We welcome the move of the deadline for published audited local authority accounts to 30 September for six years, until the end of the next appointing period. This was a necessary move to enable the new audit contracts to be procured. In March 2021, the deadline for preparing draft (unaudited) accounts had been extended 31 July for 2021 and 2022. Unless DLUHC takes action, the deadline for preparing draft (unaudited) accounts will revert to 31 May from 2023. In a paper entitled “Measures to improve local audit delays” published in December 2021, DLUHC said this reversion would be “subject to consultation”. This consultation was eventually published on 16 February 2023 and was open for just two weeks.
We are calling on DLUHC to extend the 31 May deadline to 30 June for preparing draft (unaudited) accounts for the 2022/23 year and onwards. For the past two years, most councils have been able to finalise their draft accounts by the published deadlines of 31 July but will be under greater pressure to do this for their 2022/23 accounts if the deadline reverts to 31 May 2023. We therefore believe a deadline of 30 June is more realistic. Given the extension of the audit deadline to 30 September, it is unlikely that audit work will be planned to commence soon after 31 May and so reverting to this earlier deadline will cause an unnecessarily tight turnaround for councils. This could also impact on the quality of draft accounts delivered for audit which could, perversely, create more work and lead to further delays.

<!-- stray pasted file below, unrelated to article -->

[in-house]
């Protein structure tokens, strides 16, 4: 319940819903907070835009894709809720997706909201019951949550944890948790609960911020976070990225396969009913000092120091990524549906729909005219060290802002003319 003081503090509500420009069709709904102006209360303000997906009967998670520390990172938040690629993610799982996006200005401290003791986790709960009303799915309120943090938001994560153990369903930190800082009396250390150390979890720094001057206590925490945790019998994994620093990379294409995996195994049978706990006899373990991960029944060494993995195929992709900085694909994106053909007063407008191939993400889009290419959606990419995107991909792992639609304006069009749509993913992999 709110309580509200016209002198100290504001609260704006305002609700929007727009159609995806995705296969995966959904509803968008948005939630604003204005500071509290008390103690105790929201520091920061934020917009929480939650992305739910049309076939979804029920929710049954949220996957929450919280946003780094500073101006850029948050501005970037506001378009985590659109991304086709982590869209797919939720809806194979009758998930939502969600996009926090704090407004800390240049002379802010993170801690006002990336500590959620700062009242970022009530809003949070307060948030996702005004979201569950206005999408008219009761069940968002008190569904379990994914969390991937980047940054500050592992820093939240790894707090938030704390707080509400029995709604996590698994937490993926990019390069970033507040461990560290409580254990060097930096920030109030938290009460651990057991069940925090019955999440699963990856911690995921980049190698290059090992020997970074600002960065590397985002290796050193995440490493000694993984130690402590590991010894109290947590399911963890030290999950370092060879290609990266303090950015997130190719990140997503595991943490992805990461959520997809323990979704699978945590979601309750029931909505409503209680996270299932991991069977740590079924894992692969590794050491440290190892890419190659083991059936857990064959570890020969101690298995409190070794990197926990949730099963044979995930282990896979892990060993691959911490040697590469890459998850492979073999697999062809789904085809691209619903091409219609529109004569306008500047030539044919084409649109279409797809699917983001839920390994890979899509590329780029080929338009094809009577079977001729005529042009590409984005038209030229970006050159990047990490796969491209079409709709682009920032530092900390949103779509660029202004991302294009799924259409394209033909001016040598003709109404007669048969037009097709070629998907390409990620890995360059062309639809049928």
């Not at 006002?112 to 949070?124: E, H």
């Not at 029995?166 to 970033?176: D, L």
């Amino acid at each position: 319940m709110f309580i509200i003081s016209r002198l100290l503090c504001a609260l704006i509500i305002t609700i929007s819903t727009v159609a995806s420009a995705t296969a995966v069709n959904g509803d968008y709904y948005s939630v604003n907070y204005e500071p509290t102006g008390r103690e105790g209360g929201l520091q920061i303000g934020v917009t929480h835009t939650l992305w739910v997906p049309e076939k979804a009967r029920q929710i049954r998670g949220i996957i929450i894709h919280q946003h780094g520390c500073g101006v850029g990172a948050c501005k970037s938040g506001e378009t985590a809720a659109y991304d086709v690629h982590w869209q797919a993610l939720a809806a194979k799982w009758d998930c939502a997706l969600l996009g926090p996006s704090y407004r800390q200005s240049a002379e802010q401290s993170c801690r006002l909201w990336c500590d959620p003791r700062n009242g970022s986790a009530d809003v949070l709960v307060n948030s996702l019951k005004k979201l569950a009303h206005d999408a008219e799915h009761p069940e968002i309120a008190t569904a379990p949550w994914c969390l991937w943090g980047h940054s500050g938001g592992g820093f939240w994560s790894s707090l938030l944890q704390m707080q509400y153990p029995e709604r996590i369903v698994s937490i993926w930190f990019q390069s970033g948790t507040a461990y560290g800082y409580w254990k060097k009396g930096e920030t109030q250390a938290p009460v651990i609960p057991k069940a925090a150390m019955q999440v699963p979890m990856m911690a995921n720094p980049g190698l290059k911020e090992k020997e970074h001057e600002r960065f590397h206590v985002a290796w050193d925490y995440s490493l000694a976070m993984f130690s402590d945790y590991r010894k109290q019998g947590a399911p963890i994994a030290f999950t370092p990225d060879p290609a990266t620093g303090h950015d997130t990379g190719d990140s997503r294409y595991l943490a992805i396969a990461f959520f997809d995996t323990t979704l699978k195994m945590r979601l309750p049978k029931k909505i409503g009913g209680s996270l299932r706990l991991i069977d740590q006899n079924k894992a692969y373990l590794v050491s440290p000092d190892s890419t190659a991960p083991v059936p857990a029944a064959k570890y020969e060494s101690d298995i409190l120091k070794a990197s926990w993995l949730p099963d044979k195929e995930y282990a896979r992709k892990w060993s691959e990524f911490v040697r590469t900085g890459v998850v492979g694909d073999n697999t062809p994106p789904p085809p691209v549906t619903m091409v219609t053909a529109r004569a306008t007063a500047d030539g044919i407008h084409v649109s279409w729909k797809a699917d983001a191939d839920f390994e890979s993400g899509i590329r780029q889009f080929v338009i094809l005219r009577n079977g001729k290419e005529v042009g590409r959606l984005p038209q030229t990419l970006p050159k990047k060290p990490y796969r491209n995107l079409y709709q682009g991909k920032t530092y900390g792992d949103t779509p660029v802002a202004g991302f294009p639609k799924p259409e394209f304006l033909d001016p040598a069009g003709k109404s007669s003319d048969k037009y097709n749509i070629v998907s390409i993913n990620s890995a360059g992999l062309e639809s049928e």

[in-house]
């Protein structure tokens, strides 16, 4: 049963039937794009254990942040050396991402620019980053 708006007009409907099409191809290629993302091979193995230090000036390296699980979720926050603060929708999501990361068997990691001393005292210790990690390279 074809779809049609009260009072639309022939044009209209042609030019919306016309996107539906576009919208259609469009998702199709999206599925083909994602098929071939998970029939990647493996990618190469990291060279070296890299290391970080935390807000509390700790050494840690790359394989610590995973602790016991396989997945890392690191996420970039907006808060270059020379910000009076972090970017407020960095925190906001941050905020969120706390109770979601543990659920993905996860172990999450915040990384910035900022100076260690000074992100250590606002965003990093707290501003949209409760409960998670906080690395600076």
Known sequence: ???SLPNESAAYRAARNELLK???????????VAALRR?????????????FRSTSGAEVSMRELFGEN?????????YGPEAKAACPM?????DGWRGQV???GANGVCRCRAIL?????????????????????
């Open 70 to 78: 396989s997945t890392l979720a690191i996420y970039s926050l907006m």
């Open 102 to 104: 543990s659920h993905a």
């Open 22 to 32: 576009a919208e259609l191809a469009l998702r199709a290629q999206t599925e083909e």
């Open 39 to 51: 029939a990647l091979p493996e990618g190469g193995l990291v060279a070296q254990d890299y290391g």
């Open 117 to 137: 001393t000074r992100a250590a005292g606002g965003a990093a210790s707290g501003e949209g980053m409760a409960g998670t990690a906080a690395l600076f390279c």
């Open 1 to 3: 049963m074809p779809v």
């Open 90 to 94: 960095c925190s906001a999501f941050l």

As announced by PSAA, new contracts will apply from the 2023/24 audit following a procurement during 2022. There is a likelihood of a major re-set of audit fees for 2023/24, involving an increase in the order of 150 per cent on the total fees for 2022/23. With councils already facing a range of financial pressures, we are calling for this significant increase in fees to be reflected in future allocations of funding and resources to local authorities.
I hope the information outlined above is useful. If we can assist the Committee’s work with anything else on these is sues , please do not hesitate to get in touch with my colleague firstname.lastname@example.org . Yours sincerely, Cllr Peter Marland Chair, LGA Resources Board